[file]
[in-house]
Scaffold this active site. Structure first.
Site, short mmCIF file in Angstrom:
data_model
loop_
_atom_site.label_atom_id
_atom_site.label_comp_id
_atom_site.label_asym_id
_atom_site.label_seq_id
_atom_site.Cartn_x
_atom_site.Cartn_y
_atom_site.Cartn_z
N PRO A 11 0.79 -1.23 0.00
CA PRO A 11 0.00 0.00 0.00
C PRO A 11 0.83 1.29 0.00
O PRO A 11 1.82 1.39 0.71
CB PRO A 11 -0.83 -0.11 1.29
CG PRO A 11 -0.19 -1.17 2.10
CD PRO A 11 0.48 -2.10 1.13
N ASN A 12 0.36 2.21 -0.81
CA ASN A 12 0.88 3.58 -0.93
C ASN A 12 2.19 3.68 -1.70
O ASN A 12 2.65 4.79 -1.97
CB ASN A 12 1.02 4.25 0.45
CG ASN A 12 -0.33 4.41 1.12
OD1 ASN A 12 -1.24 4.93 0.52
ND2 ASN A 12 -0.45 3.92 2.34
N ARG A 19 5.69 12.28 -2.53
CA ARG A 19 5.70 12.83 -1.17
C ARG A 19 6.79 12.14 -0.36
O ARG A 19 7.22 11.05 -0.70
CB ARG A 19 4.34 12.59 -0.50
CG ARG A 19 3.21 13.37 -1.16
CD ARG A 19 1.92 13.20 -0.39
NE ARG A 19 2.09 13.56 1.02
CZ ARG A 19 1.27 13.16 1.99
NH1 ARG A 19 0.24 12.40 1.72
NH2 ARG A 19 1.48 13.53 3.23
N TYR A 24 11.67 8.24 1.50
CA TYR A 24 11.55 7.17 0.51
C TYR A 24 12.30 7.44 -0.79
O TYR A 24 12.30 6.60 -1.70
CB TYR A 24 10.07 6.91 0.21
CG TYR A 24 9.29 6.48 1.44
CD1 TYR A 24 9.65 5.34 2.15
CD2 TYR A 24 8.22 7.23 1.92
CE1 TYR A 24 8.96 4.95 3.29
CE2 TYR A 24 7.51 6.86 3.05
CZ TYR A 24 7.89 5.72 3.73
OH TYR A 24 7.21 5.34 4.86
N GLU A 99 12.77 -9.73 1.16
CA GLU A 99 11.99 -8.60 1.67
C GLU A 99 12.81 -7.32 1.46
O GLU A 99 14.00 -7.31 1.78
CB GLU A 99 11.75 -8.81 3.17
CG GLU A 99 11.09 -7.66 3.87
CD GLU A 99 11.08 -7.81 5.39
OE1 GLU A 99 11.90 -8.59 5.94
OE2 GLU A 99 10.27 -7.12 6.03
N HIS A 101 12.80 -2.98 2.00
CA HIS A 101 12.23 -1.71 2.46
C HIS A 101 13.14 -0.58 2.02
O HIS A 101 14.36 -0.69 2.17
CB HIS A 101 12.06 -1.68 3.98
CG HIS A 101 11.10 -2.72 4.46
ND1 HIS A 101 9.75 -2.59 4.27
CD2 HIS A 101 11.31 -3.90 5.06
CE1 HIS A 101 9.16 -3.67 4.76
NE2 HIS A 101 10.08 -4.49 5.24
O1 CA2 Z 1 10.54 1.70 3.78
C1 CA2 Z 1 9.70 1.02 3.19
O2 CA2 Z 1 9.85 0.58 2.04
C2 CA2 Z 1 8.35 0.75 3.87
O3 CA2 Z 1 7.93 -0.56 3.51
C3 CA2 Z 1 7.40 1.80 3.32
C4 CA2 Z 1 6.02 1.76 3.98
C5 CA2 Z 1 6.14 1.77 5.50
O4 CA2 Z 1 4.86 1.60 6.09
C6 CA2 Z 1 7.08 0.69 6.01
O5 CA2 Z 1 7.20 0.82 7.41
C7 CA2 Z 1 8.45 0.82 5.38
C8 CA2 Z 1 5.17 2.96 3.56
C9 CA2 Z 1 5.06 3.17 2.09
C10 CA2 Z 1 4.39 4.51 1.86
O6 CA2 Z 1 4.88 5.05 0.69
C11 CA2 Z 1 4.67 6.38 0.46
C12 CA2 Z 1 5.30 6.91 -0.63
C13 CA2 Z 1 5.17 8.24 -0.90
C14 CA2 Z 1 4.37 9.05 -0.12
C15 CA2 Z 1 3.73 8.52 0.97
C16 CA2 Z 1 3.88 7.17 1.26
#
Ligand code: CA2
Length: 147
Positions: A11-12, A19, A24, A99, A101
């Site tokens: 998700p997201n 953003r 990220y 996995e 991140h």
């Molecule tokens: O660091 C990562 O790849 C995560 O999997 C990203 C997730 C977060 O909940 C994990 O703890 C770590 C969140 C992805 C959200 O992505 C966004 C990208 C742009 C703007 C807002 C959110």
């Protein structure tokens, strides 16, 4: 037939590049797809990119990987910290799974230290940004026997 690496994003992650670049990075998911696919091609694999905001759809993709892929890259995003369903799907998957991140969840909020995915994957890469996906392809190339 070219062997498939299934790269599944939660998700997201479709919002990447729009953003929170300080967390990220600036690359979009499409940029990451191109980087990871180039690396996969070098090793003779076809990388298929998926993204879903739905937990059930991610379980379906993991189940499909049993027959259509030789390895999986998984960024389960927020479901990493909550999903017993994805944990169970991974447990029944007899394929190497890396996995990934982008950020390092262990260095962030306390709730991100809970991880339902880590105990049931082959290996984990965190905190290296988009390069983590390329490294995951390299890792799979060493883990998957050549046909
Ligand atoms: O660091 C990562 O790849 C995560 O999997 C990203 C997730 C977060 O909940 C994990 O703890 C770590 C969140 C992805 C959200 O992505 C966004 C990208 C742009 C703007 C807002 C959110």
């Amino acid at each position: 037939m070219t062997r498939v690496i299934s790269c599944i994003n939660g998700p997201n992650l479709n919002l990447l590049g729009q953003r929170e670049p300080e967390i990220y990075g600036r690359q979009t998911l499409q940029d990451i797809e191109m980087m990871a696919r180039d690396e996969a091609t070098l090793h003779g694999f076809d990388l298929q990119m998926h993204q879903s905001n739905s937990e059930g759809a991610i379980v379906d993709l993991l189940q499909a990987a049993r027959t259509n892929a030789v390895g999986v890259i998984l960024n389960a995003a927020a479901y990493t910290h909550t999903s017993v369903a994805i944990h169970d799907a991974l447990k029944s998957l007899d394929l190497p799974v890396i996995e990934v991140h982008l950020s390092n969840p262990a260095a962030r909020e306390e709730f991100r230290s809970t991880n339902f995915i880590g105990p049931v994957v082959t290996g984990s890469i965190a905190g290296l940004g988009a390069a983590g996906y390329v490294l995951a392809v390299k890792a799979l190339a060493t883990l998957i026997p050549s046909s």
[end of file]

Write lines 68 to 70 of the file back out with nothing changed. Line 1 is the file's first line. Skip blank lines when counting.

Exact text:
CE1 HIS A 101 9.16 -3.67 4.76
NE2 HIS A 101 10.08 -4.49 5.24
O1 CA2 Z 1 10.54 1.70 3.78